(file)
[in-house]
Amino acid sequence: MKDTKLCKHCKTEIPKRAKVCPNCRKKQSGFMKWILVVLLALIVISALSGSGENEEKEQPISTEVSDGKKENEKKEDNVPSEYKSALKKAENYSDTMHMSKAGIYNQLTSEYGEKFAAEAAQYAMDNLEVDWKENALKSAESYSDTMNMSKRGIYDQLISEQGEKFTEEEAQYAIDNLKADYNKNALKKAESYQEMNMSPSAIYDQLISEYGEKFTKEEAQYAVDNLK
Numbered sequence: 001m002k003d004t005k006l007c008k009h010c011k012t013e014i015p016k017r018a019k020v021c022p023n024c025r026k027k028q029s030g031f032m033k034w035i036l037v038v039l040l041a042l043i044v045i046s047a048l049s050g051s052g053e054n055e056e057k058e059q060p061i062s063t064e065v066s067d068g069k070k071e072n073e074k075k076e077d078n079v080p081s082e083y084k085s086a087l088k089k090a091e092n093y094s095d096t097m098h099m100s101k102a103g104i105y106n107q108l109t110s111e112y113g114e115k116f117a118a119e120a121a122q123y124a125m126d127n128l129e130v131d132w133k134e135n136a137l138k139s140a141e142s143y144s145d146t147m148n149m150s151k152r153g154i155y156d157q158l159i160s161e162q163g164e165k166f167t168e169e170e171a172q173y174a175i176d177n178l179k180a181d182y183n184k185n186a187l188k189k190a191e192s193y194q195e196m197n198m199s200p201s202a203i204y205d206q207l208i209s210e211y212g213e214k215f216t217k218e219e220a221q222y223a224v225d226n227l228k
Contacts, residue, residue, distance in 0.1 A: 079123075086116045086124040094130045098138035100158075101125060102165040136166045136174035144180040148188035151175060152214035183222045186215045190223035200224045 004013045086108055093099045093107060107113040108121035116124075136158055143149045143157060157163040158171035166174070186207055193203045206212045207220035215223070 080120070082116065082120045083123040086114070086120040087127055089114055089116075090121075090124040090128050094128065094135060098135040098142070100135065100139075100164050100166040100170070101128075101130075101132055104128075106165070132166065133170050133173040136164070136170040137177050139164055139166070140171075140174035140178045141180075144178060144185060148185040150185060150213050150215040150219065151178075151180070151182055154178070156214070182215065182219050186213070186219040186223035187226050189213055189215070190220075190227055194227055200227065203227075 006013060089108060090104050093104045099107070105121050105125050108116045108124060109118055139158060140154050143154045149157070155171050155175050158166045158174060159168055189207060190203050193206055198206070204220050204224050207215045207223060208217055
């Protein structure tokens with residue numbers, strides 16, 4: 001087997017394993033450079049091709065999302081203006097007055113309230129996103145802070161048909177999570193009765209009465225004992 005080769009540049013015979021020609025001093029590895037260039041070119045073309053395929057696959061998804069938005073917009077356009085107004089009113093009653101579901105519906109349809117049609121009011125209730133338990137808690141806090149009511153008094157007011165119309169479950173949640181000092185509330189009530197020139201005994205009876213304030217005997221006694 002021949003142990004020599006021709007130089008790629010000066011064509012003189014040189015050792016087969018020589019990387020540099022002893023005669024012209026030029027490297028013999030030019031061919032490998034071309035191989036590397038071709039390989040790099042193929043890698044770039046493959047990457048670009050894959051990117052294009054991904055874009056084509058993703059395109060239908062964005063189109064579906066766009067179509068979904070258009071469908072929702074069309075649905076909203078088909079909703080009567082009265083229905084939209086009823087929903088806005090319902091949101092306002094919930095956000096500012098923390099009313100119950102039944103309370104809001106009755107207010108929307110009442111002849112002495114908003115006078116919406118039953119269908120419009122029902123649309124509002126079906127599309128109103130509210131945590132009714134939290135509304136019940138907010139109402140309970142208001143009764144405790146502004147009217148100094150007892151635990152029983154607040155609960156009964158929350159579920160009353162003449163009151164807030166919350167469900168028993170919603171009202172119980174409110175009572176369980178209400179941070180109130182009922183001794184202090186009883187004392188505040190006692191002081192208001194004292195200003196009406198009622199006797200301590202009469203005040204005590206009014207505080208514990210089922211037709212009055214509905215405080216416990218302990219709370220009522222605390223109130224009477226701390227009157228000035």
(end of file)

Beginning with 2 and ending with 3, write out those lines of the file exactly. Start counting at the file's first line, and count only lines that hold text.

Amino acid sequence: MKDTKLCKHCKTEIPKRAKVCPNCRKKQSGFMKWILVVLLALIVISALSGSGENEEKEQPISTEVSDGKKENEKKEDNVPSEYKSALKKAENYSDTMHMSKAGIYNQLTSEYGEKFAAEAAQYAMDNLEVDWKENALKSAESYSDTMNMSKRGIYDQLISEQGEKFTEEEAQYAIDNLKADYNKNALKKAESYQEMNMSPSAIYDQLISEYGEKFTKEEAQYAVDNLK
Numbered sequence: 001m002k003d004t005k006l007c008k009h010c011k012t013e014i015p016k017r018a019k020v021c022p023n024c025r026k027k028q029s030g031f032m033k034w035i036l037v038v039l040l041a042l043i044v045i046s047a048l049s050g051s052g053e054n055e056e057k058e059q060p061i062s063t064e065v066s067d068g069k070k071e072n073e074k075k076e077d078n079v080p081s082e083y084k085s086a087l088k089k090a091e092n093y094s095d096t097m098h099m100s101k102a103g104i105y106n107q108l109t110s111e112y113g114e115k116f117a118a119e120a121a122q123y124a125m126d127n128l129e130v131d132w133k134e135n136a137l138k139s140a141e142s143y144s145d146t147m148n149m150s151k152r153g154i155y156d157q158l159i160s161e162q163g164e165k166f167t168e169e170e171a172q173y174a175i176d177n178l179k180a181d182y183n184k185n186a187l188k189k190a191e192s193y194q195e196m197n198m199s200p201s202a203i204y205d206q207l208i209s210e211y212g213e214k215f216t217k218e219e220a221q222y223a224v225d226n227l228k